Nigel Gore, an accomplished actor, played Julius Caesar with a cockney accent, and all of the five additional characters he played were Cockneys too. Eric Tucker’s Standard American-accented Brutus (and Flavius, and others), did not mix well with the handsome actor’s rather superficial delivery, and even in scenes that cried for depth and emotion, he came across more like a contemporary television-game-show host than as a grieving widower or friend.
Gail: I too found Tucker’s Brutus jarringly out of place in this production. And for the first time in my long history of seeing Gore on stage I found him hard to understand.
Roseann: But long live Kristin Wold, whose performance(s) radiated heart and power! She managed to create no fewer than eight distinctive characters, Calpurnia, Lucius (Brutus’s boy servant), and Portia among them, making some immediate transitions seamlessly.
Gail: Kristina Tollefson has designed some excellent, flexible costume pieces, all starting with basic black cargo pants and gray long-sleeved top. Flowing vest-like pieces that fall from the shoulders drape and wrap to resemble togas and color is used to distinguish rank and political affiliation. Neck scarves become hoods. Black berets signify military engagement. I never had any trouble figuring out who was who or what side they were on.
Roseann: James Udom, making his debut at Shakespeare & Company, was astonishingly good as Marc Antony, and I am eager to see more of this gifted actor. His delivery of the familiar “Friends, Romans, and Countrymen” speech navigated uncharted territory; his magnetism and connection with all his characters as well as his fellow actors was palpable throughout.
Gail: Again I heartily agree. Wold and Udom were stand-outs in every respect.
Roseann: I enjoyed Jason Asprey’s energetic and passionate Cassius. Asprey managed to transition to and from his three other characters successfully and with great presence.
Gail: Asprey has matured into a new phase of his acting career, and done so with alarming speed and grace.
Roseann: Britt Sandusky’s sound design and Matthew Miller’s lighting design married well with Packer’s concept, and it’s worth imagining how much more potent this production would have been had their work supplanted the interpretive movement.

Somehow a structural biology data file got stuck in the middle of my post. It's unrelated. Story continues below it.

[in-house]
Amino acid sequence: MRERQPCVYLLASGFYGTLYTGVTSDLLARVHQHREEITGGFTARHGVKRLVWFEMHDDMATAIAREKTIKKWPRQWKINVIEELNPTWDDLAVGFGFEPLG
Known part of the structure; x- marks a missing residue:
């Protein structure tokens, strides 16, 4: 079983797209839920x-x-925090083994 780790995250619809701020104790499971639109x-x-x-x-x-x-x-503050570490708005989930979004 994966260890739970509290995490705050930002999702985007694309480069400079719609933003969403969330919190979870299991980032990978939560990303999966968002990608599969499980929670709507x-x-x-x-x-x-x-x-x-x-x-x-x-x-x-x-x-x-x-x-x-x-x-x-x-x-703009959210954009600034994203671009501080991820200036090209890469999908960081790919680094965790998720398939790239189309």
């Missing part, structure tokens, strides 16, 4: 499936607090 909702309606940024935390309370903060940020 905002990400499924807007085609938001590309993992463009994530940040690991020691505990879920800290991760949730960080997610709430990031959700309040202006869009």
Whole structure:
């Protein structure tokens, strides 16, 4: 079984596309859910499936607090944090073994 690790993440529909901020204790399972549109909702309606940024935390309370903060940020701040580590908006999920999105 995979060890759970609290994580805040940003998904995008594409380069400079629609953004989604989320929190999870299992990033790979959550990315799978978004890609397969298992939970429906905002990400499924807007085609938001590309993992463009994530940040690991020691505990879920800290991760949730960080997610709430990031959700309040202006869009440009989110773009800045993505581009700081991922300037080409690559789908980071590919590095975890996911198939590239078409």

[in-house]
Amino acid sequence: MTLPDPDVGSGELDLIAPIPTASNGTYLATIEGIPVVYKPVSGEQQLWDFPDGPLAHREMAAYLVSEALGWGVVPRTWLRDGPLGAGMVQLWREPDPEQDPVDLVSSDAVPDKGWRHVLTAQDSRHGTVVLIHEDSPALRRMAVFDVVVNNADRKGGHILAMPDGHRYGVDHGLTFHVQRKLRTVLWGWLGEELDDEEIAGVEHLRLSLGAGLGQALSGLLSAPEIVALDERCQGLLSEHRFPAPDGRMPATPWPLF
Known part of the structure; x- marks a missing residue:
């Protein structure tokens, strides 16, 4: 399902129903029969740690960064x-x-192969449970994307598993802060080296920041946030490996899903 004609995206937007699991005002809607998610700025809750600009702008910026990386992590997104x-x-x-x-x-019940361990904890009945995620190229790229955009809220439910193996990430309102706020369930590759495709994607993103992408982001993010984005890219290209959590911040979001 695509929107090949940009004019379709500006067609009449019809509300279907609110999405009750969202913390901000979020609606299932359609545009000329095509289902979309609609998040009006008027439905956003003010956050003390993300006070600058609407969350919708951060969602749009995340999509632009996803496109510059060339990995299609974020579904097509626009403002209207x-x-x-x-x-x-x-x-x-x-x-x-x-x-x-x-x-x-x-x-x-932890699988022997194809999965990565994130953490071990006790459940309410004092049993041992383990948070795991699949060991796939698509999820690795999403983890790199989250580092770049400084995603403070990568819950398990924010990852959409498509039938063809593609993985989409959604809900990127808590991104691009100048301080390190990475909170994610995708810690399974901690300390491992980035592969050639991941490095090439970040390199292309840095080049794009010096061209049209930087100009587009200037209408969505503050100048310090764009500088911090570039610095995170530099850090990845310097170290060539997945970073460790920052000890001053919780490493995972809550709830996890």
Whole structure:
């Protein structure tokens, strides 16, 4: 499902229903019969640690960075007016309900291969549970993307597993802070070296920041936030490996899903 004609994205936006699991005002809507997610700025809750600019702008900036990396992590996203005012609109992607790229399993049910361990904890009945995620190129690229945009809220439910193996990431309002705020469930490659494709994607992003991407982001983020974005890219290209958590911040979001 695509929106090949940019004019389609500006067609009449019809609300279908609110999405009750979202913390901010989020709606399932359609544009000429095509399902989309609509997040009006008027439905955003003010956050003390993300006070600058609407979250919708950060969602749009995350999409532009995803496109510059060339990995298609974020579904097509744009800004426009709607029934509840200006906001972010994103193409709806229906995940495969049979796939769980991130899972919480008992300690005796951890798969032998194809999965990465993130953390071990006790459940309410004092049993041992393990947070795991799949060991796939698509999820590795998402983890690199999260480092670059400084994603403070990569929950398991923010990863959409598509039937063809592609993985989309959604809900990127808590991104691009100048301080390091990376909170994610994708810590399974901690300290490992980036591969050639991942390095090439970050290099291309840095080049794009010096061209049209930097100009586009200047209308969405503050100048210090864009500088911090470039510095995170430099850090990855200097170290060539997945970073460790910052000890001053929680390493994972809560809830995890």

Gail: Because this production started out in a different performance space and was intended to tour, I wonder how much impact the awkward shape of the Elaine P. Bernstein Theatre had on what we saw. While I will credit Packer with knowing the space well and managing to create exciting stage pictures even from the odd angle at which I was viewing the show, there have to be enormous constraints to working in that theatre.
Shakespeare & Company presents JULIUS CAESAR, by William Shakespeare, directed by Tina Packer. Movement Director – Victoria Rhoades; Fight Director – Douglas Seldin; Set Designer- Ryan McGettigan; Costume Designer- Kristina Tollefson; Lighting Designer- Matthew Miller; Sound Designer- Britt Sandusky; Stage Manager – Fran Rubenstein.
Cast: Jason Asprey, Andrew Borthwick-Leslie, Nigel Gore, Mat Leonard, Eric Tucker, James Udom, Kristin Wold.
Two hours and fifteen minutes with one intermission, June 27-August 30, 2014 at the Elayne P. Bernstein Theatre on the Shakespeare & Company campus, 70 Kemble Street, Lenox, MA 01230. 413-637-3353 www.shakespeare.org
Cast Change Announced: Shakespeare & Company’s Dennis Krausnick, a founder and also Director of Training, steps into the title role of Julius Caesar for a brief run beginning July 15 through August 2. Nigel Gore, who has been playing Caesar since it opened several weeks ago, takes a short-term leave from the show after this weekend’s performance on Sunday July 13—Gore will be back in the role Saturday, August 9. Krausnick was last seen on stage in the Playhouse in 2012’s King Lear in the title role.